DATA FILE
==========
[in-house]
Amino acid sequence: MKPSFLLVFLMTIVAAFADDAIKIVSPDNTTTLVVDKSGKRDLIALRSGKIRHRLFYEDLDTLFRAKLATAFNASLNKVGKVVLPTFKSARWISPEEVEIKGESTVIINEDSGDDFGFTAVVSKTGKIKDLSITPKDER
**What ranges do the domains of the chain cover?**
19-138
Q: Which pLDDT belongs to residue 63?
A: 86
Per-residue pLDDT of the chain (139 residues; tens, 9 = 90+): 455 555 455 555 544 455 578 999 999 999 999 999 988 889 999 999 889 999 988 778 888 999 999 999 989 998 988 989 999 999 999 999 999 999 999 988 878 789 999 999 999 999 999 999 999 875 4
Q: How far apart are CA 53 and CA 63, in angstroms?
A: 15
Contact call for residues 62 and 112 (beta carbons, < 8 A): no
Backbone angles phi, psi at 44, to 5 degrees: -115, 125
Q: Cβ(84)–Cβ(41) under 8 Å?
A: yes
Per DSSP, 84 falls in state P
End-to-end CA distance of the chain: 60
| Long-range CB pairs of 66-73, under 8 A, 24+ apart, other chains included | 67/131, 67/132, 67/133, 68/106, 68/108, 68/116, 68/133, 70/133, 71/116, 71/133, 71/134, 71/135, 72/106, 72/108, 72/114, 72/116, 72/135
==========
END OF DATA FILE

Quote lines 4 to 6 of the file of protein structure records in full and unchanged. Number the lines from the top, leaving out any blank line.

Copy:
19-138
Q: Which pLDDT belongs to residue 63?
A: 86